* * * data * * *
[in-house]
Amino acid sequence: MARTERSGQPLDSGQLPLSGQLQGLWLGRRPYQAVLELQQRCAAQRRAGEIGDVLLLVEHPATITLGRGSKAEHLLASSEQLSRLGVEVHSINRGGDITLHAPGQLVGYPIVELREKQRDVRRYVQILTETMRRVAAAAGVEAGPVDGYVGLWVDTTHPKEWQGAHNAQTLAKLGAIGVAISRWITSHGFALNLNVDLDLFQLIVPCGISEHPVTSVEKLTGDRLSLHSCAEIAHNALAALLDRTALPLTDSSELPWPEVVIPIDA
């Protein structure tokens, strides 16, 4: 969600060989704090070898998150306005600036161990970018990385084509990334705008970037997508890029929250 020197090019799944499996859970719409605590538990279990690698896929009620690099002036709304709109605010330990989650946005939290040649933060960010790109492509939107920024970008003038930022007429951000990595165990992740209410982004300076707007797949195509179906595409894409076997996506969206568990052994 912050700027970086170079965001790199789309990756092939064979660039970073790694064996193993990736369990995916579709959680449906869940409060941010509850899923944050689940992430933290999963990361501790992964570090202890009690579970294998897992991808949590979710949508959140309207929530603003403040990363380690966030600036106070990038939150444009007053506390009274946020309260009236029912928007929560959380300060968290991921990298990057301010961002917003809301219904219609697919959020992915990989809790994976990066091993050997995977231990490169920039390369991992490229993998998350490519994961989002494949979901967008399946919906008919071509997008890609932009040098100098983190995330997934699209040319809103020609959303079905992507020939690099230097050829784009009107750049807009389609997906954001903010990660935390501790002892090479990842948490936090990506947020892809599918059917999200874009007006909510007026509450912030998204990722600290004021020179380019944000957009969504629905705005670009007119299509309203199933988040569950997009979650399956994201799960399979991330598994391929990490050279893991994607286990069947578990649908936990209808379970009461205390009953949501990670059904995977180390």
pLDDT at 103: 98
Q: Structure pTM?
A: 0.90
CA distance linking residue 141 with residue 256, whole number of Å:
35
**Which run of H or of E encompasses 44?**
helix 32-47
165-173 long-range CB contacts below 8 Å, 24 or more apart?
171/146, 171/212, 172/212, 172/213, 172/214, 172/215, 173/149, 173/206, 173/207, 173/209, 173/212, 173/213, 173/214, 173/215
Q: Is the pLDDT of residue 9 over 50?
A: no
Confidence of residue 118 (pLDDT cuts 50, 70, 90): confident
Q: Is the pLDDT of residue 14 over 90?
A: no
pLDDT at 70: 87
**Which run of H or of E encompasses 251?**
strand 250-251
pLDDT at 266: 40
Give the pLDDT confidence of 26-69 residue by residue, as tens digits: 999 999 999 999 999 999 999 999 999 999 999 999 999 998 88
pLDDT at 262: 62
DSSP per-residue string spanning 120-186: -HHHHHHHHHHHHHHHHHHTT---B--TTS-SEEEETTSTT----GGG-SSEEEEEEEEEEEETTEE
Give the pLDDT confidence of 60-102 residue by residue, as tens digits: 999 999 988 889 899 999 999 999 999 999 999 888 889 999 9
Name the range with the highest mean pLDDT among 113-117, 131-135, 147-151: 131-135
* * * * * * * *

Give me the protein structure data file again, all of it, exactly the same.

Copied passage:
[in-house]
Amino acid sequence: MARTERSGQPLDSGQLPLSGQLQGLWLGRRPYQAVLELQQRCAAQRRAGEIGDVLLLVEHPATITLGRGSKAEHLLASSEQLSRLGVEVHSINRGGDITLHAPGQLVGYPIVELREKQRDVRRYVQILTETMRRVAAAAGVEAGPVDGYVGLWVDTTHPKEWQGAHNAQTLAKLGAIGVAISRWITSHGFALNLNVDLDLFQLIVPCGISEHPVTSVEKLTGDRLSLHSCAEIAHNALAALLDRTALPLTDSSELPWPEVVIPIDA
């Protein structure tokens, strides 16, 4: 969600060989704090070898998150306005600036161990970018990385084509990334705008970037997508890029929250 020197090019799944499996859970719409605590538990279990690698896929009620690099002036709304709109605010330990989650946005939290040649933060960010790109492509939107920024970008003038930022007429951000990595165990992740209410982004300076707007797949195509179906595409894409076997996506969206568990052994 912050700027970086170079965001790199789309990756092939064979660039970073790694064996193993990736369990995916579709959680449906869940409060941010509850899923944050689940992430933290999963990361501790992964570090202890009690579970294998897992991808949590979710949508959140309207929530603003403040990363380690966030600036106070990038939150444009007053506390009274946020309260009236029912928007929560959380300060968290991921990298990057301010961002917003809301219904219609697919959020992915990989809790994976990066091993050997995977231990490169920039390369991992490229993998998350490519994961989002494949979901967008399946919906008919071509997008890609932009040098100098983190995330997934699209040319809103020609959303079905992507020939690099230097050829784009009107750049807009389609997906954001903010990660935390501790002892090479990842948490936090990506947020892809599918059917999200874009007006909510007026509450912030998204990722600290004021020179380019944000957009969504629905705005670009007119299509309203199933988040569950997009979650399956994201799960399979991330598994391929990490050279893991994607286990069947578990649908936990209808379970009461205390009953949501990670059904995977180390």
pLDDT at 103: 98
Q: Structure pTM?
A: 0.90
CA distance linking residue 141 with residue 256, whole number of Å:
35
**Which run of H or of E encompasses 44?**
helix 32-47
165-173 long-range CB contacts below 8 Å, 24 or more apart?
171/146, 171/212, 172/212, 172/213, 172/214, 172/215, 173/149, 173/206, 173/207, 173/209, 173/212, 173/213, 173/214, 173/215
Q: Is the pLDDT of residue 9 over 50?
A: no
Confidence of residue 118 (pLDDT cuts 50, 70, 90): confident
Q: Is the pLDDT of residue 14 over 90?
A: no
pLDDT at 70: 87
**Which run of H or of E encompasses 251?**
strand 250-251
pLDDT at 266: 40
Give the pLDDT confidence of 26-69 residue by residue, as tens digits: 999 999 999 999 999 999 999 999 999 999 999 999 999 998 88
pLDDT at 262: 62
DSSP per-residue string spanning 120-186: -HHHHHHHHHHHHHHHHHHTT---B--TTS-SEEEETTSTT----GGG-SSEEEEEEEEEEEETTEE
Give the pLDDT confidence of 60-102 residue by residue, as tens digits: 999 999 988 889 899 999 999 999 999 999 999 888 889 999 9
Name the range with the highest mean pLDDT among 113-117, 131-135, 147-151: 131-135